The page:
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Saturday last was hot, dry and dusty but all the three disagreeable features combined could not makethe 11 th annual basket of the Farmers' Picnic Assoeiation of Washtenaw, Livingston, Oikland and Wayne counties a failure. In fact it was the very opposite, although the crowd was not more than half as large as it was last year. Soon after daylight, the residents of Whitmore Lake were up preparing to entertain the crowd that was certain to be present. Early in the morning the crowd began to arrive, and a steady stream of dusty humanity poured into the village from then until after noon. The trains wei e loaded, numbers being obliged to stand up in the cars in order to get a passage. Bus loads came from the surrounding villages, and the farmer contingent came in every possible style of conveyance. By noon it was estimatei that nearly 4,000 persons were present. It was s pleasing sigut to watch the crowd walking back and forth. Tne younger people resumed the quiet flirtations begun a year ago, and the older ones shook hands and renew acquaintanceship with former friende. One class of people were noticable for their absence - the politicians, for whom these picnics are a regular bonanza during a campaign. The only active political star present was Bepresentative Lowden of Ypgilanti. Every class of catch-penny game was represented and many of them were well patronized. The street was lined on both sides with ice cream and lunch booths. Several fakirs dropped around during the day and gathered in a liberal allowance of spare change. One thing that detracted from the day and caused considerable trouble was the fact that an Ann Arbor saloonist had set up a beer-stand in the northern part of the village. This stand was well patronized, and late in the day a number of fights occured as a result of two liberal libations by eome of the young men. As the saloon was running in defiance of law, there was considerable talk of arresting those having it in charge, but nothing was done. In the afternoon and evening the younger members of the crowd had an opportunity to trip the light fantastic toe, as dances were given at both the hotels. The day altogether was one of pleasure and when the trains arrived, late of course, a more tired crowd could not well be found. But all declared that the picnic was a success, as they bade each other farewell for another year. BUSINESS MEETING. At 1:30 the large crowd which was gathered in the grove was called to ordjr by President C. M. Wood of Livingston county. In his opening address he cslled attention to the faot that Livingston county had been honored with the presidency cf the society for four years past and recommended that this office be given to some one of the other counties of the association for the coming year. The election of officers for the ensuing year was held and the following elected : R. O. Reeve, Dexter, president; Henry C. Waldron, Northfield, secretary ; Hascall Laraway, NorthfieUJ, treasurer ; Exeeutive committee : Q. A. Peters, Scio; A. Phelps, Dexter; N. C. Carpen ter, Ypsilanti ; I. C. Terry, Webster ; 8. T. Gridley, Ypsilanti; Peter Gill, Superior; George McDougalI, Superior; O. R. Pattengill, Cantón ; H. D. Platt, Pittafield ; James L. Lowden, Ypsilanti; E. I. Arms, South Lyon ; George Renwick, Lyons ; II. Pinckney. Hamburg ; Charles Fishbeck, Howell; P. Murray, Salem ; H. B. Thayer, Plymouth ; George Clark, Northville : T. DeForest, Ann Arbor; Giles Lee, Ánn Arbor; N. E. Sutton, Northfield; J. B. Goundry, Dentón; W. D. Smith, Dexter; George Merrill, Hamburg; Milo Baldwin, Chelsea ; E. A. Nordman, Dexter ; C. M. Wood, AndersoD. The president then annouoced that in violation of law and good order, parties were selling liquor in the village on this day and asked that the assembled crowd contribute towards the exnenses of cuting them. The crowd responded asd gave liberally, the society going on record against this illegal practice. LITERARY MEETING. The regular programme opened with music by the band, followed by prayer by Rev. R. D. Robinson of Whitmore Lake. ''Ofif for the Field " was well rendered by the Hamburg choir, after whieh Pres. C. hl. Wood of Andrews delivered the address of welcome. He called attention to the condition of Michigan when he carne to the state 54 years ago, and compared it with the condition of the state to-day. How Michigan has taken her place among the leaders of States, tree from dht, wtiile other older states are badly imieutcX ile thanked the people that were present, considering the warm and dry weather, and bade all a hearty welcome to the llth annual gathering of the farmers of this vicinity. After another selection by the choir Prjf. Oscar Clute, president of the Agricultural College, was introduced and made the address ot the day. He assured the audienco of the pleasure that it was to him to be present upon this occasion, as it was always to be among the real men and womeu of the country. It is the great power of the men of Michigan that has caused such a great change hero within a comparatively few yeara, and developed the great industries of the state, placing Michigan in the front rank of the sisterhood of the Union. This has been brought about by the honesty, industry and integrity of the truly great men and women of the state, those who have tilled the soil and husbanded the crops. The speaker brought together statistics to show how Michigan differed from many of the other states in the ownerahip of the land, one reason why the people are happy and prosperous. The last census gives Michigan 1,636,000 population and 154,000 farm?. Of this large number of farms 42,000 contain from 20 to 50 acres each, and 55,000 contain from 50 to 100 acres each, leaving onlv a few really large farms in the state. This wide distribution of the land among the large number of persons has been one of the causes of of Michigan's prosperitv. The men cultívate their own land and harvest their own crops, each having more than a tenant's interest in the result. The farms of Michigan are valued in round numbers at the enormous sum of $499,000,000. The farmers of the state own 3,117,778 horses, 384,000 cows 46C,000 other cattle, 2,189,000 sheep, and 9.864 swine, the total value of the domesti'c animáis being $55,720,000. Prof. Clute then dwelt upon the other resources oE Michigan, the mining, lumber, salt and other industrie?, which makes the name of Michigan known in every country on the earth. The crops of Michigan average well and it is exceptional when the farmers of the Btate have a poor season. The speaker warned the people to guard the purity of the moral life of the citizens of the state. We need to attend to it that the educational forces are carried out in the future on the same lines that have been used in the past. We need to attend to the fertility of the soil and see to it that it does not beoome barren like some of the older farming districts. We need to remember that the prosperity of the state is obtained only by the eternal vigilance of the people against monopolies, trusts and kindred associations which are combining to defraud the country and the people. With a strict attention to these duties, and the integrity, honesty and industry of its farmer citizene, the star of Michigan will never grow dim. In olosing, Prof. Clute drew some witty comparisons which were well recieved by the audience. After another selection by the choi-, the president introduoed the popular rector of St. Patriok's parish, Northfield, Rev. Fr. Goldrick, who addressed the meeting upon "Ilonest, sober and industrious farmers, Nature's Noblemen." His remarks were both witty and pathetic, carryinghia audience from one extreme to the other. He expressed his pleasure at being invited to address the assemblage which had gathered together not to celébrate any national, political or religious event, but was a gathering of all classes, come together to take each other by the hand, bury all petty jealousies and spend a day in joyoua , festivitieg and social reunión. He paid high tribute to tbe agricultural classes and placed the farmer as the truly indpendent man in this country, the sober, honest and industrious farmer, who may be rightly termed, " Nature's Nobleman." Mr Goldrick advised the farmers' sons not to leave the farm, for ïf they do they make a mjstake. Ia the city they are thrown into temptationa which they escape while on the farm. Farm lifo is easy and not filled with cares and anxieties. Concluding the regular programme, Hon. Wm. Ball of Hamburg, acting Iieut.-gov. of Michigan, read an interesting paper in which he gave gome ioteresting faets regarding farm labor, the changes in metheds of working farms, the agricultnral industry of Michigan and many other pointe. Impromptu speeches then being ia order, D. Cramer of Ann Arbor was called upon and made a few remarks. The text of his address was the interest of the farmer in politics, and he advised the farmers present to vote for no man for office UDless he was a farmer, casually dropping the remark: -'I hope I am somewhat interested in farming myself." W. D. Smith of Dexter made a short speech in which he told some witty stories and kept the audience in good humor. Prof. Olute was then granted a few minutes in which he spoke in behalf of the Agrioul'ural College and its workings. As Prof. Clute concluded, Wm. Campbell of Pittsfield aróse and proceeded iu a blunt and honest way to air Ms opinión on the subject of the Agricultural College and the methods employed in running the institution. His remarks were not altogether commendatory of the present administration, of which Prof. Clute is the head. He thought that the chair of agriculture was made the minor professorship tiere, wben it should be the leading one. He thought that the professor of agriculture ehould be the president of the college. The reraarks of Mr. Campbel! were decidedly embaras8ng for Prof. Clute. At the conclusión, he aróse and eadeavored to argue against them, but as he wa9 there the gue8t of the association, he oould not exprese himself as freely as he probably would have done elsewhere. After Prof. Clute had finished, the choir sang again and the exercises oí the llth annual picnic were concluded, leaving the crowdfree to enjoy themselves by a stroll on the banks of the lake, a ride in a boat, a Seat in the shade or a dance at one of the hotels until the hour of departure came.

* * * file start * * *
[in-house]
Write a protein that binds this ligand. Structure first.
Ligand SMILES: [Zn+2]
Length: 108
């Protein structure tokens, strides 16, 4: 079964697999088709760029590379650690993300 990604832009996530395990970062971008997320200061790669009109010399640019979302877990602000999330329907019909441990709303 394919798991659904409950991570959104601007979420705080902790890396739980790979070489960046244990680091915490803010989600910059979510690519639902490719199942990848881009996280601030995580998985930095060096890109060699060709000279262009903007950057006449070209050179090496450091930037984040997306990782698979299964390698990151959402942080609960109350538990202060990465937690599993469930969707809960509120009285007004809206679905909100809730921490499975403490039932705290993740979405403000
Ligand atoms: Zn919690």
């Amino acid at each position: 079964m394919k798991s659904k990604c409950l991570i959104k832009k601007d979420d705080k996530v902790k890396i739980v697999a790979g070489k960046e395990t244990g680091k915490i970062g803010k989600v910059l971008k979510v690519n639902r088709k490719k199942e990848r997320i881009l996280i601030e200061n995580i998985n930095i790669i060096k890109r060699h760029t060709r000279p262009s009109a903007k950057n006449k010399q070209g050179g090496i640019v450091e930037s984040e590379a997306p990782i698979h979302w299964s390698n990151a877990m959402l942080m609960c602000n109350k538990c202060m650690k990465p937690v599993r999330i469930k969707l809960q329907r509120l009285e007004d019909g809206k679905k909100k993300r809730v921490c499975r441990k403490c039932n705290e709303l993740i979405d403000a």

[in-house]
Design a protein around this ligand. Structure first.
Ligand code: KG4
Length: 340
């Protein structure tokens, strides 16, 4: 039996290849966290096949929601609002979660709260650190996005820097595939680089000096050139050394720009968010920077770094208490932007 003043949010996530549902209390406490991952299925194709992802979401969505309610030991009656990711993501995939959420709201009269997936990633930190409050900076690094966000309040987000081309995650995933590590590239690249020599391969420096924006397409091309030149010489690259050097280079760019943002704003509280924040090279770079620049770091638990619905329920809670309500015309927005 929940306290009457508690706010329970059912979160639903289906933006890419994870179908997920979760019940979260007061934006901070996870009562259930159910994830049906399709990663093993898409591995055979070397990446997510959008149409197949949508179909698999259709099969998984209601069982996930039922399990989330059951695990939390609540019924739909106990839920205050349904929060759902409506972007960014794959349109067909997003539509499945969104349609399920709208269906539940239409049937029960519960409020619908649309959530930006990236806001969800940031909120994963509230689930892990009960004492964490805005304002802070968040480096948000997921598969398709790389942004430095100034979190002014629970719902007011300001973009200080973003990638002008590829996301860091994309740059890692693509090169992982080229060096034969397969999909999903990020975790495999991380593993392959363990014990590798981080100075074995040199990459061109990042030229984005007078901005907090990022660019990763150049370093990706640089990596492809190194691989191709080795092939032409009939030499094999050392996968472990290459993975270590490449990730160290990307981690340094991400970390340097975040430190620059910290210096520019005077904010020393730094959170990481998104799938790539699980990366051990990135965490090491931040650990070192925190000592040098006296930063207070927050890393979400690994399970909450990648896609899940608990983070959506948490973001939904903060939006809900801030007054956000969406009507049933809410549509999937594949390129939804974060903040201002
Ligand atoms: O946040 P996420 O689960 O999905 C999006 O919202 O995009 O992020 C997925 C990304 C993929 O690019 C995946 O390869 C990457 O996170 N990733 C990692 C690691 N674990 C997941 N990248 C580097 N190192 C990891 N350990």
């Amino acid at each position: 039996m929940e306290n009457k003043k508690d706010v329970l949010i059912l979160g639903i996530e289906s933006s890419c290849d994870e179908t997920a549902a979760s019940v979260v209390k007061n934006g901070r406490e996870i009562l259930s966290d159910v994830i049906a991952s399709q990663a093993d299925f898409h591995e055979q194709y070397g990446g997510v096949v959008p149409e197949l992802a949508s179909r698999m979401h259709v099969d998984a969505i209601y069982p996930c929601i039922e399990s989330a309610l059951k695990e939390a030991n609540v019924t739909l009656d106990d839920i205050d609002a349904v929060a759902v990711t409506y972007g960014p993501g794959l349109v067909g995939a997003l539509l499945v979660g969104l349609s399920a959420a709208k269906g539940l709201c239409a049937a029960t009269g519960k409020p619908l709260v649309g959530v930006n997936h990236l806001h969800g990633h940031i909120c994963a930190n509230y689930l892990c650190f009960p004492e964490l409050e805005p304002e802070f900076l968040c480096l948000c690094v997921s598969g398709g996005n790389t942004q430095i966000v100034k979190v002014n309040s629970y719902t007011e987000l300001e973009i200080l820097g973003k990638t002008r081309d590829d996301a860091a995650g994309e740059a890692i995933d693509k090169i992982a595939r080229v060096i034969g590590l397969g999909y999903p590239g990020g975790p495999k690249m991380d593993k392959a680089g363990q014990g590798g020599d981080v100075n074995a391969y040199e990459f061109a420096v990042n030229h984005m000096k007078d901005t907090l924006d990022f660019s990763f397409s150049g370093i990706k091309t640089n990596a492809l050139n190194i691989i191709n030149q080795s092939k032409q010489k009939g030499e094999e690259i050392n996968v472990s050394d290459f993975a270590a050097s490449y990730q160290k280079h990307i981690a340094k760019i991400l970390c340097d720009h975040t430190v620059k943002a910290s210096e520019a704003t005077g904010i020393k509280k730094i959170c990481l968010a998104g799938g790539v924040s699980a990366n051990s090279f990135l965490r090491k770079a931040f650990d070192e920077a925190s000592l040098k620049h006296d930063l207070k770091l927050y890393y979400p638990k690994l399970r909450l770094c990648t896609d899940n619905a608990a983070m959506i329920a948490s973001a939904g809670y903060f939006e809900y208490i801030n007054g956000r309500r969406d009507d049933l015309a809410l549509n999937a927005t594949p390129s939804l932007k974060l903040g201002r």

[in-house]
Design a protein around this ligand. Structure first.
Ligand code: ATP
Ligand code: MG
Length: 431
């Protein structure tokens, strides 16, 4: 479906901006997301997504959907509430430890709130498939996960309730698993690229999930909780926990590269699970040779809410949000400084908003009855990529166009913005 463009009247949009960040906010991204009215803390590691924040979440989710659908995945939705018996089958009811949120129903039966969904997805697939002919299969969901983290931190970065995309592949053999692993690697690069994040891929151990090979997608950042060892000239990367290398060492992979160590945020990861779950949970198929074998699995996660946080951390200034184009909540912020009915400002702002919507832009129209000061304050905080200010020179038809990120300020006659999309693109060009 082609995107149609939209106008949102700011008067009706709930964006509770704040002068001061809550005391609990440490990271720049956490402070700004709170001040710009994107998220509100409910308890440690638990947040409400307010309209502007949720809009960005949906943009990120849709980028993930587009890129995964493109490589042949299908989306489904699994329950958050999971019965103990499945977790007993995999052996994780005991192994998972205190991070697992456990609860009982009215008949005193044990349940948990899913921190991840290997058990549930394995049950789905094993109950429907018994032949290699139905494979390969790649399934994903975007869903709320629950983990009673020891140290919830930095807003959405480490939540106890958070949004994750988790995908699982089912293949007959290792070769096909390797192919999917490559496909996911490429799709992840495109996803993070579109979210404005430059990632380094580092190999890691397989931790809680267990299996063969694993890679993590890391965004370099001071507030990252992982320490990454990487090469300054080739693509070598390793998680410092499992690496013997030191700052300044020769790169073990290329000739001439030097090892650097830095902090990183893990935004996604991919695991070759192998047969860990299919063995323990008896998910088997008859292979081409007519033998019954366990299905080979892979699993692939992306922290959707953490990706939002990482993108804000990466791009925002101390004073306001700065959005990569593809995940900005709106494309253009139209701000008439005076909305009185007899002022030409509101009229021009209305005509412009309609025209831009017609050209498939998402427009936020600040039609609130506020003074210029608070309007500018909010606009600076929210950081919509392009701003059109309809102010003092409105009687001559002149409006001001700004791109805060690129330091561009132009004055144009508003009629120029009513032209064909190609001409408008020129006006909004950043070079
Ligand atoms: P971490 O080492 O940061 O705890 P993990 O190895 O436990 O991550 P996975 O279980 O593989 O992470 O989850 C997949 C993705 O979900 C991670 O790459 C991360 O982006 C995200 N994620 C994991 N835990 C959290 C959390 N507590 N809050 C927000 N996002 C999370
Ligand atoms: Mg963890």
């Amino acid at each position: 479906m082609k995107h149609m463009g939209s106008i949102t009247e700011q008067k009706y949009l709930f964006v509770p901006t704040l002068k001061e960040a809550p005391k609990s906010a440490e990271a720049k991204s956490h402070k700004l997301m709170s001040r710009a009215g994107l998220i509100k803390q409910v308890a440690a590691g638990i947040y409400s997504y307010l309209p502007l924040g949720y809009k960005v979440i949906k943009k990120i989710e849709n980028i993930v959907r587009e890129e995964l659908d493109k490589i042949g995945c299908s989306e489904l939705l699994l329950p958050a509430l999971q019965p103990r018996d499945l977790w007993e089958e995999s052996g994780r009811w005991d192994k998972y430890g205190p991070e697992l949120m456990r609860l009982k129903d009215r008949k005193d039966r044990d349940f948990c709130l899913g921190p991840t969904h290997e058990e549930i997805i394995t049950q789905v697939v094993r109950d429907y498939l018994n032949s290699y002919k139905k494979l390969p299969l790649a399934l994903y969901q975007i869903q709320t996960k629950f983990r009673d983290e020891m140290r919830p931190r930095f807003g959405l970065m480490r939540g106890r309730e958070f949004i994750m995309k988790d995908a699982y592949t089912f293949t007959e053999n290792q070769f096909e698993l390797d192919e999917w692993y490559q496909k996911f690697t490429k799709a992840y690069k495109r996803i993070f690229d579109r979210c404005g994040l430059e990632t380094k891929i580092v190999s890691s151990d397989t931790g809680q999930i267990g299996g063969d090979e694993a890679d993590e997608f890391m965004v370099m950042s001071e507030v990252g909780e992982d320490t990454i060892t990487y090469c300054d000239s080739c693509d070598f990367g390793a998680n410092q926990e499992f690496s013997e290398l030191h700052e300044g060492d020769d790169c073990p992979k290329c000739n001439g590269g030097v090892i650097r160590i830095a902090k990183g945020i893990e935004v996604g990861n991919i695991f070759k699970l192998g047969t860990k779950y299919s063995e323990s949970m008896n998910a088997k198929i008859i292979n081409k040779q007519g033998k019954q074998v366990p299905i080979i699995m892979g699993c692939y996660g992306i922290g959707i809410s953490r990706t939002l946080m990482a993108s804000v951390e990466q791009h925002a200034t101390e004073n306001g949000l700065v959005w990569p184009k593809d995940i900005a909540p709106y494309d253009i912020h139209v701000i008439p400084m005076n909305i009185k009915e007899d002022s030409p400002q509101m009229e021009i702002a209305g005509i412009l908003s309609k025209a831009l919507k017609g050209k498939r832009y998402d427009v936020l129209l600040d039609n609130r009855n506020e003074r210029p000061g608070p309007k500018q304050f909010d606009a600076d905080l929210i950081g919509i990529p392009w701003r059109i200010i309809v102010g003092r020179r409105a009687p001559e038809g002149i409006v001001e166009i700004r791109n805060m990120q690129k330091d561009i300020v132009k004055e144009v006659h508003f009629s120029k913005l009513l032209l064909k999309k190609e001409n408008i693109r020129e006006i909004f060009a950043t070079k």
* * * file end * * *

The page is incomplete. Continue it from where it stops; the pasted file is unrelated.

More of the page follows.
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Ann Arbor Register